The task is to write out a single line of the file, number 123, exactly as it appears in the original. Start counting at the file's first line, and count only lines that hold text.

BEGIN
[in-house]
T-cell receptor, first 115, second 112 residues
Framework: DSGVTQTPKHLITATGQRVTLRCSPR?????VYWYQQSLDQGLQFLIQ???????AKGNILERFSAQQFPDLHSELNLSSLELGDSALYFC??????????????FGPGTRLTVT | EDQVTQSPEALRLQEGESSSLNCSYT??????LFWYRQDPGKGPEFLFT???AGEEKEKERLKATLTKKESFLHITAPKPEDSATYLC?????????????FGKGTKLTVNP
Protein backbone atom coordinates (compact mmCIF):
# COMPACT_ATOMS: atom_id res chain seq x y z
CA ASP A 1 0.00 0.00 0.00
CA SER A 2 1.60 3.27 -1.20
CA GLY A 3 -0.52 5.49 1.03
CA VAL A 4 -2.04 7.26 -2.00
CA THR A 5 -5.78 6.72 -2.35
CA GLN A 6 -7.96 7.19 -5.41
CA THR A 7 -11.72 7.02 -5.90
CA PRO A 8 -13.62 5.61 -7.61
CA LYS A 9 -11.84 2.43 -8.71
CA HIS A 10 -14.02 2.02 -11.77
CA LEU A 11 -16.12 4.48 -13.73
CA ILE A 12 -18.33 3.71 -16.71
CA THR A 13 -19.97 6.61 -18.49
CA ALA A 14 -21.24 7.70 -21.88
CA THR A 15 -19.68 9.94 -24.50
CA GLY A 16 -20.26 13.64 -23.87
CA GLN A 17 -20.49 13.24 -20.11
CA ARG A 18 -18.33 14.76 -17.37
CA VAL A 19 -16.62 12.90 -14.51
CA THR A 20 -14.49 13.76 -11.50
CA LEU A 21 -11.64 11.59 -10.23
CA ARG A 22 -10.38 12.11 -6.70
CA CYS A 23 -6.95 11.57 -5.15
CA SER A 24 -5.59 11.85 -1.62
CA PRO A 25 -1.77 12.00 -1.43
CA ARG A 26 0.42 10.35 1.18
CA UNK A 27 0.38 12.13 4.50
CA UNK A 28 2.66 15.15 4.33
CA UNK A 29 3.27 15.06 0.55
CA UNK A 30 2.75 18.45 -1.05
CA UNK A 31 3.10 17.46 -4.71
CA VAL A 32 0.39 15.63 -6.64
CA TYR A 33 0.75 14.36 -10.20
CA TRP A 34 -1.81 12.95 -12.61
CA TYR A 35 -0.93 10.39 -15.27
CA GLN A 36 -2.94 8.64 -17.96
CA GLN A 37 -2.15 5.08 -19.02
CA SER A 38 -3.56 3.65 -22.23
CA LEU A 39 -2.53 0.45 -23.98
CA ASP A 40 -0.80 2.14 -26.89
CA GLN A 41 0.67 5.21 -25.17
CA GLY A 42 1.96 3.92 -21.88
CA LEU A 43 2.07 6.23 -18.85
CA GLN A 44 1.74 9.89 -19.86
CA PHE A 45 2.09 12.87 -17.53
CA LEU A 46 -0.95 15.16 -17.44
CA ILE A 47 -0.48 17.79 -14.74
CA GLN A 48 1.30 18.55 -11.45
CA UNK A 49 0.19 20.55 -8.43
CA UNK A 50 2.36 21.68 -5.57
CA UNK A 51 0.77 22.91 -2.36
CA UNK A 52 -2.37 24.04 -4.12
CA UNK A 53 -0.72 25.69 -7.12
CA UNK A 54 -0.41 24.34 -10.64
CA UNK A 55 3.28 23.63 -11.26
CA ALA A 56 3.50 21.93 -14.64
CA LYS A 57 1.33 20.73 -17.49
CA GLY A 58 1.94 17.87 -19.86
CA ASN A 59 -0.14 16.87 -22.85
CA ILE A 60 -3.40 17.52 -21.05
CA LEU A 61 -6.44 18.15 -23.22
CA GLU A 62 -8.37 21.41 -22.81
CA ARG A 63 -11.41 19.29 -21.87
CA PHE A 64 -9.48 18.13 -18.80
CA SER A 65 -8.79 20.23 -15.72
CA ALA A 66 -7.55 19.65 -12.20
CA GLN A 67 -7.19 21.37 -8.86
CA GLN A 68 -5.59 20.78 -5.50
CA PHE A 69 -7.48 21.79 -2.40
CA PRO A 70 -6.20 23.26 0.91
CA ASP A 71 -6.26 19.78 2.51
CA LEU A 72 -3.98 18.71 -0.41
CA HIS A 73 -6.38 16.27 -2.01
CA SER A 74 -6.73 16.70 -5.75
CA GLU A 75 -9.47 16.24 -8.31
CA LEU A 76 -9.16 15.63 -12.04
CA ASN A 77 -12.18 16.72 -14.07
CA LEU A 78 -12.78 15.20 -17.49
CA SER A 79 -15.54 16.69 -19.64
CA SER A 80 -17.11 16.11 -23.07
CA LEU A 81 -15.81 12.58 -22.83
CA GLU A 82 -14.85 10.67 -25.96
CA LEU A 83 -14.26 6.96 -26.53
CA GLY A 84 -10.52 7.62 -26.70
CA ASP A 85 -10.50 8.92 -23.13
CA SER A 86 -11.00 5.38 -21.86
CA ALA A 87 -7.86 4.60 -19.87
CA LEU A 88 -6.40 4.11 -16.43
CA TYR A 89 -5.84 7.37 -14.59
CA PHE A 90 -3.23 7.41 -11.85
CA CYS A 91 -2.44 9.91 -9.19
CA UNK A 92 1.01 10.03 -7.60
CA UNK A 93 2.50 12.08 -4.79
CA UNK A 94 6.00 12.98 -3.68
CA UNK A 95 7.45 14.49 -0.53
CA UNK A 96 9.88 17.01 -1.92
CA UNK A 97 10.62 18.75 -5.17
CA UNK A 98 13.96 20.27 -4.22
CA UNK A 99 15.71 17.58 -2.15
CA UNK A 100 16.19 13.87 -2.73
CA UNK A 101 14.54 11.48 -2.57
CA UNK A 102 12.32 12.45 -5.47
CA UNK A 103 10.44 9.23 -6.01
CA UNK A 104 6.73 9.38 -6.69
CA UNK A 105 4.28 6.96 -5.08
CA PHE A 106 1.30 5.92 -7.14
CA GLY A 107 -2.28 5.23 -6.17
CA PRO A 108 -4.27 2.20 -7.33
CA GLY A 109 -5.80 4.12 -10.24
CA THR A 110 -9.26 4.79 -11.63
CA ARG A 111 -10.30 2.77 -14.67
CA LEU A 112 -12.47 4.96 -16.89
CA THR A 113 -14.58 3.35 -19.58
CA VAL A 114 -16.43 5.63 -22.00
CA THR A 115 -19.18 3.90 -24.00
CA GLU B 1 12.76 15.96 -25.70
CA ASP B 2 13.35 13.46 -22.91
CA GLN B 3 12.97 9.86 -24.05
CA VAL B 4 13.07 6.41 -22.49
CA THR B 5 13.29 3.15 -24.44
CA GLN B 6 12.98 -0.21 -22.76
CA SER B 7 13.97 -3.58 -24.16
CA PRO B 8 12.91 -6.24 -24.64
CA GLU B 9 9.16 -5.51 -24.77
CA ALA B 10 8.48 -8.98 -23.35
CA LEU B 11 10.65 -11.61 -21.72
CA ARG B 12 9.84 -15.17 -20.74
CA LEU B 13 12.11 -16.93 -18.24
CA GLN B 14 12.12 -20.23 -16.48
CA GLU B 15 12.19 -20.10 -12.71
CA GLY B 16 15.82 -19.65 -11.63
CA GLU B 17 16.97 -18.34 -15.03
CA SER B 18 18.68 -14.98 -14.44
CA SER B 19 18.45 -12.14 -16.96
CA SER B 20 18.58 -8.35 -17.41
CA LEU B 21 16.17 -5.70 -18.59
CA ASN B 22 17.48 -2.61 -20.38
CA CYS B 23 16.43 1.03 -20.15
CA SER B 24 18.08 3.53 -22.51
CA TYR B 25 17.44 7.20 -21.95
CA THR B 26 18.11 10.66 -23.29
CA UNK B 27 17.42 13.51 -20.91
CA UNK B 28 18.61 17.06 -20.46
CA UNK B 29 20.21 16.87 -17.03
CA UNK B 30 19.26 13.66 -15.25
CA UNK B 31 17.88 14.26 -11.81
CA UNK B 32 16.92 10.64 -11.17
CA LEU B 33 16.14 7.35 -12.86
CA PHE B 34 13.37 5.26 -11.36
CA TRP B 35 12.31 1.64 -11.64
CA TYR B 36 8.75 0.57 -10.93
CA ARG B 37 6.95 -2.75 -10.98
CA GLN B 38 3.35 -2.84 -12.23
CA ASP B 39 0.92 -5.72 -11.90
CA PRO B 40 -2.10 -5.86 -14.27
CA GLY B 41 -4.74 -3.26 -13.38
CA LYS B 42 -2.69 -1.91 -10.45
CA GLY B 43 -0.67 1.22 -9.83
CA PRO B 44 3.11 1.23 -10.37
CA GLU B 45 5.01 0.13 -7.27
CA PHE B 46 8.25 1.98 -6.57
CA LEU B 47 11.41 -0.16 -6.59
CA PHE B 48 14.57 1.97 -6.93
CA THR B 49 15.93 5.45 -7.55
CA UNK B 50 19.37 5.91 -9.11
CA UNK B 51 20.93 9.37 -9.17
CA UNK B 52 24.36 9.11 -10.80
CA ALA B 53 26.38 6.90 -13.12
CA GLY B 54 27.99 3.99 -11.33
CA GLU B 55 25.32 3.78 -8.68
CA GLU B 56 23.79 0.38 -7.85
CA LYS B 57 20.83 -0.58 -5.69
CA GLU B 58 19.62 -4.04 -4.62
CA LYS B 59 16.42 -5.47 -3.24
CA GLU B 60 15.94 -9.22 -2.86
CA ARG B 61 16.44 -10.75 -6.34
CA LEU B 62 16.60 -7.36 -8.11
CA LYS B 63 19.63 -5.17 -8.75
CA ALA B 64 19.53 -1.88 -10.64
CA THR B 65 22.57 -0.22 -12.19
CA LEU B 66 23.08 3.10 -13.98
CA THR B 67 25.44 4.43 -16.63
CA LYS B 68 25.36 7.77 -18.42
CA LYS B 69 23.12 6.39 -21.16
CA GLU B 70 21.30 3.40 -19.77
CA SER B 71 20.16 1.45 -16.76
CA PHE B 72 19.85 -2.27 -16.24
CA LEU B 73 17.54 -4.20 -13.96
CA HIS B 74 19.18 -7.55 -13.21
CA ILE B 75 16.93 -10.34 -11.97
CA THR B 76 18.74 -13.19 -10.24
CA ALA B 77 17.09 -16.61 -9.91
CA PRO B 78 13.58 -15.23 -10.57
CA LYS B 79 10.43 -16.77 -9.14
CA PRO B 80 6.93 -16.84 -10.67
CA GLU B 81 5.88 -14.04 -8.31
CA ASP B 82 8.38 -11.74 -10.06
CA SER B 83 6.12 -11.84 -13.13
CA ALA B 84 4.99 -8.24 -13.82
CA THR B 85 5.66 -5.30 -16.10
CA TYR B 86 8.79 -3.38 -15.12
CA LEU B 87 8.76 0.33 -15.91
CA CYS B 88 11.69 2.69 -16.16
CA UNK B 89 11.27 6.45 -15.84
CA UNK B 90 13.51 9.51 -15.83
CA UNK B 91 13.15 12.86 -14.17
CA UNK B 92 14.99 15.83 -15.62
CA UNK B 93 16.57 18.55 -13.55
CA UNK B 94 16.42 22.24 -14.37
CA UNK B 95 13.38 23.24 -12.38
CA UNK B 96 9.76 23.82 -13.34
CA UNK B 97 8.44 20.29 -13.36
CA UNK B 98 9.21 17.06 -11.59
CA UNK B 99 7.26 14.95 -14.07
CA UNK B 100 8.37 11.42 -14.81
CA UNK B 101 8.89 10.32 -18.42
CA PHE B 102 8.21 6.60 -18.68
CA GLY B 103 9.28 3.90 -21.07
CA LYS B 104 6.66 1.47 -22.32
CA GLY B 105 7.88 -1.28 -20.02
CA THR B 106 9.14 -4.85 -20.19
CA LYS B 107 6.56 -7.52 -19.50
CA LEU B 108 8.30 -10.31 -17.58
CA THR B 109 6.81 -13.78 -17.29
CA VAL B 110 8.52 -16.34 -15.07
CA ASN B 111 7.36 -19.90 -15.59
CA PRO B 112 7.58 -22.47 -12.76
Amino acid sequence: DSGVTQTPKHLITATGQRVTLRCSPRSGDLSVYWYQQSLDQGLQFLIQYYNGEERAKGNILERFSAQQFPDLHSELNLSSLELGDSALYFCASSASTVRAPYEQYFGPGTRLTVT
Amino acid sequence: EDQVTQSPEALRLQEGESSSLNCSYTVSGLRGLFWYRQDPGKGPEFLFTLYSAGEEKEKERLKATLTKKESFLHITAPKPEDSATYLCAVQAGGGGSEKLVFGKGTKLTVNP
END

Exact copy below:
CA GLN B 3 12.97 9.86 -24.05